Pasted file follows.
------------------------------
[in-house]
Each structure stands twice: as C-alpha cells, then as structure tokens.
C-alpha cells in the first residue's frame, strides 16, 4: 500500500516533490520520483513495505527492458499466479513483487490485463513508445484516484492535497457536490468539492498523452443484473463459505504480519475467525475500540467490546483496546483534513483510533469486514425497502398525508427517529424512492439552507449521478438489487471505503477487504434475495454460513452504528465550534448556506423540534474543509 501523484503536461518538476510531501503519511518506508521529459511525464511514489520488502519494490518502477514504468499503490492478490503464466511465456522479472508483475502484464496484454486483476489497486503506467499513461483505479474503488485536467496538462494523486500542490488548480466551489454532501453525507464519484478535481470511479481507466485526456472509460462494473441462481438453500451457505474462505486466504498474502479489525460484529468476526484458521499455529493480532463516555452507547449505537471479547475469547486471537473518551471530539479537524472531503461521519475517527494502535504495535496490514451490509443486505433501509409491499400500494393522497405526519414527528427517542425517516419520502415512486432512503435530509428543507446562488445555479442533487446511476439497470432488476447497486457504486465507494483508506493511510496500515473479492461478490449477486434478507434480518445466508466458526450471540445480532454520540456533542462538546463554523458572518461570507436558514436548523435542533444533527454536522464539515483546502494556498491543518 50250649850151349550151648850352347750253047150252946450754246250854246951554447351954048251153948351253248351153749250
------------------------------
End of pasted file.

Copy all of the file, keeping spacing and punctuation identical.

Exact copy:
[in-house]
Each structure stands twice: as C-alpha cells, then as structure tokens.
C-alpha cells in the first residue's frame, strides 16, 4: 500500500516533490520520483513495505527492458499466479513483487490485463513508445484516484492535497457536490468539492498523452443484473463459505504480519475467525475500540467490546483496546483534513483510533469486514425497502398525508427517529424512492439552507449521478438489487471505503477487504434475495454460513452504528465550534448556506423540534474543509 501523484503536461518538476510531501503519511518506508521529459511525464511514489520488502519494490518502477514504468499503490492478490503464466511465456522479472508483475502484464496484454486483476489497486503506467499513461483505479474503488485536467496538462494523486500542490488548480466551489454532501453525507464519484478535481470511479481507466485526456472509460462494473441462481438453500451457505474462505486466504498474502479489525460484529468476526484458521499455529493480532463516555452507547449505537471479547475469547486471537473518551471530539479537524472531503461521519475517527494502535504495535496490514451490509443486505433501509409491499400500494393522497405526519414527528427517542425517516419520502415512486432512503435530509428543507446562488445555479442533487446511476439497470432488476447497486457504486465507494483508506493511510496500515473479492461478490449477486434478507434480518445466508466458526450471540445480532454520540456533542462538546463554523458572518461570507436558514436548523435542533444533527454536522464539515483546502494556498491543518 50250649850151349550151648850352347750253047150252946450754246250854246951554447351954048251153948351253248351153749250